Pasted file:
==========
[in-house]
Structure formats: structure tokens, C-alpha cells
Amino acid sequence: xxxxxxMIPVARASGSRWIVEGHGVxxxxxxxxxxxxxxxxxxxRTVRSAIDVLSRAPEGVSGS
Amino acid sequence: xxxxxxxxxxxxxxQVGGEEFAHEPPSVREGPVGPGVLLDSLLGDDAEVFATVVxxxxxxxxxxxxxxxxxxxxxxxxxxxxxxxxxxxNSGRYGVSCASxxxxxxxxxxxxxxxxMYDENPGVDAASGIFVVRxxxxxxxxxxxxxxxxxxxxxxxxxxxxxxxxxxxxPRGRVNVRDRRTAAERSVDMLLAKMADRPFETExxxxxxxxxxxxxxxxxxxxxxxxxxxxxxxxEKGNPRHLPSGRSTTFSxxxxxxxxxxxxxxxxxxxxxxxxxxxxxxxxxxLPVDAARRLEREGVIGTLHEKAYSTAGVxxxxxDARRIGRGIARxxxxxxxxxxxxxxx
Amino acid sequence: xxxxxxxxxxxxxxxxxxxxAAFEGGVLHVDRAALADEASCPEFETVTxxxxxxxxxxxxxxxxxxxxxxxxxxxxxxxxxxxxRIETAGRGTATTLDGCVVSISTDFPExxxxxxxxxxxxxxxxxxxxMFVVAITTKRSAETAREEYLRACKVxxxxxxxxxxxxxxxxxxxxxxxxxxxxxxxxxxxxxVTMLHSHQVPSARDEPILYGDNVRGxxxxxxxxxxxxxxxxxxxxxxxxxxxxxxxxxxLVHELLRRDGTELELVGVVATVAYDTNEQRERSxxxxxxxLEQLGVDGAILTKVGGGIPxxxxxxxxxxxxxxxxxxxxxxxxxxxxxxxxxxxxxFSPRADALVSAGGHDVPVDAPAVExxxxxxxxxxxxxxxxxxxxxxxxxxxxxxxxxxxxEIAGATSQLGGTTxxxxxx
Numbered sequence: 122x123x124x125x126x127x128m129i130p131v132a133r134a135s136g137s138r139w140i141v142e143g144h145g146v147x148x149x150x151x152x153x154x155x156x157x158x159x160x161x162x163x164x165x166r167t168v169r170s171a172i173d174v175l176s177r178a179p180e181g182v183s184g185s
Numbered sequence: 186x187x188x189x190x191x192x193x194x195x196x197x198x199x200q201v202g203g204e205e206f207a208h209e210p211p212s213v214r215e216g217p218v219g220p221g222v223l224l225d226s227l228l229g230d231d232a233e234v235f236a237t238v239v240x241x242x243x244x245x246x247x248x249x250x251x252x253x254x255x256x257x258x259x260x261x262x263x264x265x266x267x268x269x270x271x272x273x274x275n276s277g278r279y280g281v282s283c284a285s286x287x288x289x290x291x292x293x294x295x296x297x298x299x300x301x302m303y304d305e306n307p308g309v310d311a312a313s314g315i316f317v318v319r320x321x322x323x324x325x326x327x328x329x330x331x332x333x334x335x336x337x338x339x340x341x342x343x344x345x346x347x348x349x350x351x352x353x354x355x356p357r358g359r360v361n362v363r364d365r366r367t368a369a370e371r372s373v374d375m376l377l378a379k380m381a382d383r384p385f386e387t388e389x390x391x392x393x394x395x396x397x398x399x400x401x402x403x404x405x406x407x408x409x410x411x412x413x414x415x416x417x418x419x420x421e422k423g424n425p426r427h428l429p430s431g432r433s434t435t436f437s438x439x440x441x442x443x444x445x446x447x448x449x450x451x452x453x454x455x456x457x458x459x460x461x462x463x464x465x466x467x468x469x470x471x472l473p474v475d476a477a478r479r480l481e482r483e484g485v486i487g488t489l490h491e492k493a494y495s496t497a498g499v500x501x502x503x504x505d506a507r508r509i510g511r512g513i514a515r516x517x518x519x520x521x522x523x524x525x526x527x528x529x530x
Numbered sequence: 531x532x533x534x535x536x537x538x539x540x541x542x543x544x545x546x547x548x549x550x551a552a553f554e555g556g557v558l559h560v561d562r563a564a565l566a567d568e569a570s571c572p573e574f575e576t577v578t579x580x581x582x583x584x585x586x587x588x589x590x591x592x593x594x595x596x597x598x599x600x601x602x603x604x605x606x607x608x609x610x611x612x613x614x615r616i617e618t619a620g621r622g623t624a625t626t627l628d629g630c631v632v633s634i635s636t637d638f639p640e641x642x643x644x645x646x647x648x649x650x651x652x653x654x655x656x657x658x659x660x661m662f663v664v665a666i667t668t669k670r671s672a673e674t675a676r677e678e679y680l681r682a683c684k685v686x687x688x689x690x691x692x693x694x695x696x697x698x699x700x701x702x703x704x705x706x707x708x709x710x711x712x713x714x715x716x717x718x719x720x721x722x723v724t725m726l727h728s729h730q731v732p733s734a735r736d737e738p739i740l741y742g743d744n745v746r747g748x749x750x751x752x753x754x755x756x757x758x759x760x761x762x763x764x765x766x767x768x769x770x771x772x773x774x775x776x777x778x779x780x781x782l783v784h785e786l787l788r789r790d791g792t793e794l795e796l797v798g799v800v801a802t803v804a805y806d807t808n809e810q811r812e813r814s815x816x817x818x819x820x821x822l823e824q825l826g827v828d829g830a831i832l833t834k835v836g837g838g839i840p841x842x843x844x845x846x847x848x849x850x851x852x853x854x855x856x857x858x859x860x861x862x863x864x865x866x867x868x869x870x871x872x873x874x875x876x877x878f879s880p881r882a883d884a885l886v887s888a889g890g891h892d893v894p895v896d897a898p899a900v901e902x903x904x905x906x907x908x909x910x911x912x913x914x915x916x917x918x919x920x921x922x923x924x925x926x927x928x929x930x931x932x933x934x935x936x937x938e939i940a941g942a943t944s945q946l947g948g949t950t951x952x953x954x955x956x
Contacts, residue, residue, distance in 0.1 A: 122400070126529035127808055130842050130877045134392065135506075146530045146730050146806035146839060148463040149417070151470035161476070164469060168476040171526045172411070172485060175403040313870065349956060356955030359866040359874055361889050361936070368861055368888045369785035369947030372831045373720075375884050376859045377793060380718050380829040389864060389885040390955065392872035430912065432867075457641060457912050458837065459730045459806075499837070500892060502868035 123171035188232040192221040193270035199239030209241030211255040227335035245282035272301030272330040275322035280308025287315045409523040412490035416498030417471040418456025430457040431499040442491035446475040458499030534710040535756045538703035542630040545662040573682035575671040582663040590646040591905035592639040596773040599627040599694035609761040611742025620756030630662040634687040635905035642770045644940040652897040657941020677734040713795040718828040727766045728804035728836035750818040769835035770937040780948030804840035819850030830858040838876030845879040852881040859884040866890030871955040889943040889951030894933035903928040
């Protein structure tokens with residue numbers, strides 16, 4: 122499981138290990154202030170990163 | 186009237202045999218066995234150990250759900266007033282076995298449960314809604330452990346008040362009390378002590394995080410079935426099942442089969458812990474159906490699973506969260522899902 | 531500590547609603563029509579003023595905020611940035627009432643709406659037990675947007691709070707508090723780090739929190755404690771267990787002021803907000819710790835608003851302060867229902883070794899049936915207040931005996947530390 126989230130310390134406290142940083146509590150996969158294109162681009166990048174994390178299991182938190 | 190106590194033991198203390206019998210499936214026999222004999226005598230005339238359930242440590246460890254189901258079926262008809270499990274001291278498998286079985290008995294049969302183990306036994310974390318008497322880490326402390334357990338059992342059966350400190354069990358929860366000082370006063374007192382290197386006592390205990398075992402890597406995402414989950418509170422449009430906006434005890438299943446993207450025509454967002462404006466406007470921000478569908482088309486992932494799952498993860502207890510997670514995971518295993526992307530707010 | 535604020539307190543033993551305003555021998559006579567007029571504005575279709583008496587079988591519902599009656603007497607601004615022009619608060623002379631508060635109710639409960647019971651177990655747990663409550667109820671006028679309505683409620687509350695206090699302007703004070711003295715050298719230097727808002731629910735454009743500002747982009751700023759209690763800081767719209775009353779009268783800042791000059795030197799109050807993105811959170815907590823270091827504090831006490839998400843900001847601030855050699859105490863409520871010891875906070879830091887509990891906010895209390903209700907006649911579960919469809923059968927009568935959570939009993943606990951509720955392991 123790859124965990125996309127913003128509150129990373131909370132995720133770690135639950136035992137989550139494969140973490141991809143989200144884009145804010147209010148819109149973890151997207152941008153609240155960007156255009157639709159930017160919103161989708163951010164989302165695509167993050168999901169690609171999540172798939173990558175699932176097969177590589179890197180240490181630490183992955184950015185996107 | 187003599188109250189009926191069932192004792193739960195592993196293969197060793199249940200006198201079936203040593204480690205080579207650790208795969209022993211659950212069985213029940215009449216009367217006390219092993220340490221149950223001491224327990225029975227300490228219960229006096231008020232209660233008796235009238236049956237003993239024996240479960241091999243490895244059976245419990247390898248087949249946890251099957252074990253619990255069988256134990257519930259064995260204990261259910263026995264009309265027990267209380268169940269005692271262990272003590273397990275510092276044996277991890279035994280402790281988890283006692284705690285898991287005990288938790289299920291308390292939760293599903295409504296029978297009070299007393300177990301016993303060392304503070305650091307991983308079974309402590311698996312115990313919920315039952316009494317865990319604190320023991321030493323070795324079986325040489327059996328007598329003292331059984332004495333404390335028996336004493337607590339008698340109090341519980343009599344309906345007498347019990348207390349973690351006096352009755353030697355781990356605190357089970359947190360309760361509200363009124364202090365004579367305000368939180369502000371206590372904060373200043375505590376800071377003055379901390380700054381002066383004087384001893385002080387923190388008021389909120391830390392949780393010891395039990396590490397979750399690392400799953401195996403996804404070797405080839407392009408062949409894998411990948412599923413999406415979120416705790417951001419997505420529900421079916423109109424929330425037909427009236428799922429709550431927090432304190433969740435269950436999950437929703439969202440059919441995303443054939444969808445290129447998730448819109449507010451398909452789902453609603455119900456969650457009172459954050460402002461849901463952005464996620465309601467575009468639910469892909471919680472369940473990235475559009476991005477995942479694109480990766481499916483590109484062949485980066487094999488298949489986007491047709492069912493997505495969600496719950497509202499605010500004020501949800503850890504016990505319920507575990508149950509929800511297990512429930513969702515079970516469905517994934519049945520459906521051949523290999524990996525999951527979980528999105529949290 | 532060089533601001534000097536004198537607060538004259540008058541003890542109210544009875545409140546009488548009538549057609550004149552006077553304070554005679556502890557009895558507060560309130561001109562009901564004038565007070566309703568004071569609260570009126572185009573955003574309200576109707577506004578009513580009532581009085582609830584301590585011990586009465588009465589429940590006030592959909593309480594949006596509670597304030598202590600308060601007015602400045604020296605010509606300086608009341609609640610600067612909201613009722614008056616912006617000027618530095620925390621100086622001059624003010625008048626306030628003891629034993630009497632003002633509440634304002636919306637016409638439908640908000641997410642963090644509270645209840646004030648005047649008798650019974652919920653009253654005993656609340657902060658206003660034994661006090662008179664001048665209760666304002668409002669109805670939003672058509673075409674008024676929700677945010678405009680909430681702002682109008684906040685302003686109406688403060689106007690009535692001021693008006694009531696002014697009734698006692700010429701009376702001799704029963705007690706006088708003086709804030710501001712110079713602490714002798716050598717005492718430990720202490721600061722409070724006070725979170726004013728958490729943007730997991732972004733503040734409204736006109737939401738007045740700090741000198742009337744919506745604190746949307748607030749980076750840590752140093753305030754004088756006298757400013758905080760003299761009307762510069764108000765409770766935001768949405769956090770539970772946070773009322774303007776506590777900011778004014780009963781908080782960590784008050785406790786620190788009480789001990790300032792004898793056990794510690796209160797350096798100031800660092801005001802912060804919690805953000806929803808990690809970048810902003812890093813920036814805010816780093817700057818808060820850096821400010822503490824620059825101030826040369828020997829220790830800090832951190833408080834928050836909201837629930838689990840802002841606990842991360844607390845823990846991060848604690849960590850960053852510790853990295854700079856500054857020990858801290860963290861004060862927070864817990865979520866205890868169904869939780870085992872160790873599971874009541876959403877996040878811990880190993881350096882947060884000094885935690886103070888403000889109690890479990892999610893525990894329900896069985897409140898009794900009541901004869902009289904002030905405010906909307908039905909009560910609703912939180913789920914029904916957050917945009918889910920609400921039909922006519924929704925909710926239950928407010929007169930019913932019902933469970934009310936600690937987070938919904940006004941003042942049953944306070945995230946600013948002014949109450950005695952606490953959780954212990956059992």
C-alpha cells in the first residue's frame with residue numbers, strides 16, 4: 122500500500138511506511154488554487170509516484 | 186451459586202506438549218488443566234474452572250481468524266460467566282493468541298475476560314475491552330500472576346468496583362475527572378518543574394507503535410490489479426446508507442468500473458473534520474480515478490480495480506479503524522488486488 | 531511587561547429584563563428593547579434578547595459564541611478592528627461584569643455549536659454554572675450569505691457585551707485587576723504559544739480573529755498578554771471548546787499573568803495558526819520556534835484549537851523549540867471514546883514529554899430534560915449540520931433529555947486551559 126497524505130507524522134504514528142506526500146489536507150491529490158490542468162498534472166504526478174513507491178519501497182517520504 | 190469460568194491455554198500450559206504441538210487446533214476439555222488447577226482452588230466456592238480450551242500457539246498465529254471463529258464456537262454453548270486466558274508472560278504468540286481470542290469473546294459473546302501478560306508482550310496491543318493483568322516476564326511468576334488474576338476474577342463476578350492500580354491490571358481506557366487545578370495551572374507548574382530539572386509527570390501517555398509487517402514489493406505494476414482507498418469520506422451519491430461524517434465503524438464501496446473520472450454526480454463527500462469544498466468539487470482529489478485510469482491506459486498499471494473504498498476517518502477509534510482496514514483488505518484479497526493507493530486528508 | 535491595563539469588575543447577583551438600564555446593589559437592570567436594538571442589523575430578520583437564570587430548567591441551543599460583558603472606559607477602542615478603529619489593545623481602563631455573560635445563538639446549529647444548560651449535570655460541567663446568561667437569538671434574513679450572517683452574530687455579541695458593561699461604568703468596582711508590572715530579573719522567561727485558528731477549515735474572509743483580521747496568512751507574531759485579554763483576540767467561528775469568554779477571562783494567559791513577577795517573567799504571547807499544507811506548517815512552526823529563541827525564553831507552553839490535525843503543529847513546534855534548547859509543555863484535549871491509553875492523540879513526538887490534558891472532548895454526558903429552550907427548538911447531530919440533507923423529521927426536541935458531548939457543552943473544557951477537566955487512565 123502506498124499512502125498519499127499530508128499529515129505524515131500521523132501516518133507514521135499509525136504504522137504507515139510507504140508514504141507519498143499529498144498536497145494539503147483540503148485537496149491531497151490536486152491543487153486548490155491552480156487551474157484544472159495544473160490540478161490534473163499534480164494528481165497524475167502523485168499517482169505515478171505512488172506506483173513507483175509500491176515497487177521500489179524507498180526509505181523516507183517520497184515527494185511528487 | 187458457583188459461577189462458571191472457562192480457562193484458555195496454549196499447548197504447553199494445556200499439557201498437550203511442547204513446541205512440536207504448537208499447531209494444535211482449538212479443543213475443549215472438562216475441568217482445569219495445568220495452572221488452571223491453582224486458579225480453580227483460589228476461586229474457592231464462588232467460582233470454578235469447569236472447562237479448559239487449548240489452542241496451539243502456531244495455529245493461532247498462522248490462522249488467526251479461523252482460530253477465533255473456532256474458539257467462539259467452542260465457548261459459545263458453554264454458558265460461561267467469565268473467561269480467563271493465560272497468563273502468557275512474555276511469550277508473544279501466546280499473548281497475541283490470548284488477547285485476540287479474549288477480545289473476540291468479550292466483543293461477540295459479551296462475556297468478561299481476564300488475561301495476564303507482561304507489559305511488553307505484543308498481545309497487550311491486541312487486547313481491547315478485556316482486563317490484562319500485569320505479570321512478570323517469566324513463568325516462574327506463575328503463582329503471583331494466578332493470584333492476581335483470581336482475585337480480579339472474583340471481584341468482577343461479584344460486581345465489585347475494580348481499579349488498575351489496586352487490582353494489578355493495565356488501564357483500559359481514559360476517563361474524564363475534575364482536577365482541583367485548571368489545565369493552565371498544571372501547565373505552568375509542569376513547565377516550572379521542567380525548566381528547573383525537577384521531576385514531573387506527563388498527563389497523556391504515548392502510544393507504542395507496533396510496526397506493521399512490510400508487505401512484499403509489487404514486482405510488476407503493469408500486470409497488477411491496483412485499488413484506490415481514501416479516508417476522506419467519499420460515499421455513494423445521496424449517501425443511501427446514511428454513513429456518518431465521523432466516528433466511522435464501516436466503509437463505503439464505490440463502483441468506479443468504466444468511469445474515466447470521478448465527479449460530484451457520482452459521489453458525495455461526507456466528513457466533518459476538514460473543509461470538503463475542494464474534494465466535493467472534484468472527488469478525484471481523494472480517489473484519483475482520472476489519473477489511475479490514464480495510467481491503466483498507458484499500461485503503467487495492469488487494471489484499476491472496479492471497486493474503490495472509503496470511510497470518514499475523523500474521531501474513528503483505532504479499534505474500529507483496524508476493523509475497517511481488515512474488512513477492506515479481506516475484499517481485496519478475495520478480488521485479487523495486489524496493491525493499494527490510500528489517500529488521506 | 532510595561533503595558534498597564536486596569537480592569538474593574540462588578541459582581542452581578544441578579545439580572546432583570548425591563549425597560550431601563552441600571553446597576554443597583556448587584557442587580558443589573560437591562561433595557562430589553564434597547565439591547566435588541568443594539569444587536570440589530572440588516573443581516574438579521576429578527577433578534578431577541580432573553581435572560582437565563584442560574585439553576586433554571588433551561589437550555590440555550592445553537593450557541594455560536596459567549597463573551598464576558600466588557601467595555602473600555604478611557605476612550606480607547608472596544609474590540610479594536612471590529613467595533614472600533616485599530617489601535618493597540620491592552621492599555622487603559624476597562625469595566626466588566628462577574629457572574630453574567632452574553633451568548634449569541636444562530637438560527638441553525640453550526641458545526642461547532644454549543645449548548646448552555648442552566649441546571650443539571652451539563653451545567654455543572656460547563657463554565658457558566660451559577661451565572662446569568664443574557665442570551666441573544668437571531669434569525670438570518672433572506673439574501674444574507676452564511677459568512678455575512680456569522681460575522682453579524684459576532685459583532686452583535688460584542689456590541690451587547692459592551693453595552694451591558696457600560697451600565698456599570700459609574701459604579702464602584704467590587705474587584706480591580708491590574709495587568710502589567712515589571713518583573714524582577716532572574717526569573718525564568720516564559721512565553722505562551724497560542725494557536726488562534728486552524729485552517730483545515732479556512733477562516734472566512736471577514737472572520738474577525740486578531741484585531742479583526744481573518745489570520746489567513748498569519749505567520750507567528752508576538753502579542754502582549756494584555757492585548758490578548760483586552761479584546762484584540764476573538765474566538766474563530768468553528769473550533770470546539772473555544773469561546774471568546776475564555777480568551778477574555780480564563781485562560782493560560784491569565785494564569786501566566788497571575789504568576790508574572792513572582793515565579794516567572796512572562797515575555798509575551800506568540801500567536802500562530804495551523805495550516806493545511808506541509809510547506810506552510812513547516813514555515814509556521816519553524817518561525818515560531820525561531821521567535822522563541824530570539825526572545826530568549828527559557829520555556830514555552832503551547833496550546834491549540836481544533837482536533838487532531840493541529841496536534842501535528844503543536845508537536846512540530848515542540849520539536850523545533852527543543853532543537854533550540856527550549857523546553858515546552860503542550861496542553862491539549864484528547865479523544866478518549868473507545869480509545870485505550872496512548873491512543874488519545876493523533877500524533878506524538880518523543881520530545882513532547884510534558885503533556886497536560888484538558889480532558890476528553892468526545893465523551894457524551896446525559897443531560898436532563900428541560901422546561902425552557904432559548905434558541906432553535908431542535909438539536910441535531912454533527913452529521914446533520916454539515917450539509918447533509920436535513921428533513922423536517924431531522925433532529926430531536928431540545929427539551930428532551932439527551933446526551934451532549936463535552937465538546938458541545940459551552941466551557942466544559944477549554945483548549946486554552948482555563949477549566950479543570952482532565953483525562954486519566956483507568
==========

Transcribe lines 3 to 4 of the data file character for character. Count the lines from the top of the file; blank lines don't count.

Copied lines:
Amino acid sequence: xxxxxxMIPVARASGSRWIVEGHGVxxxxxxxxxxxxxxxxxxxRTVRSAIDVLSRAPEGVSGS
Amino acid sequence: xxxxxxxxxxxxxxQVGGEEFAHEPPSVREGPVGPGVLLDSLLGDDAEVFATVVxxxxxxxxxxxxxxxxxxxxxxxxxxxxxxxxxxxNSGRYGVSCASxxxxxxxxxxxxxxxxMYDENPGVDAASGIFVVRxxxxxxxxxxxxxxxxxxxxxxxxxxxxxxxxxxxxPRGRVNVRDRRTAAERSVDMLLAKMADRPFETExxxxxxxxxxxxxxxxxxxxxxxxxxxxxxxxEKGNPRHLPSGRSTTFSxxxxxxxxxxxxxxxxxxxxxxxxxxxxxxxxxxLPVDAARRLEREGVIGTLHEKAYSTAGVxxxxxDARRIGRGIARxxxxxxxxxxxxxxx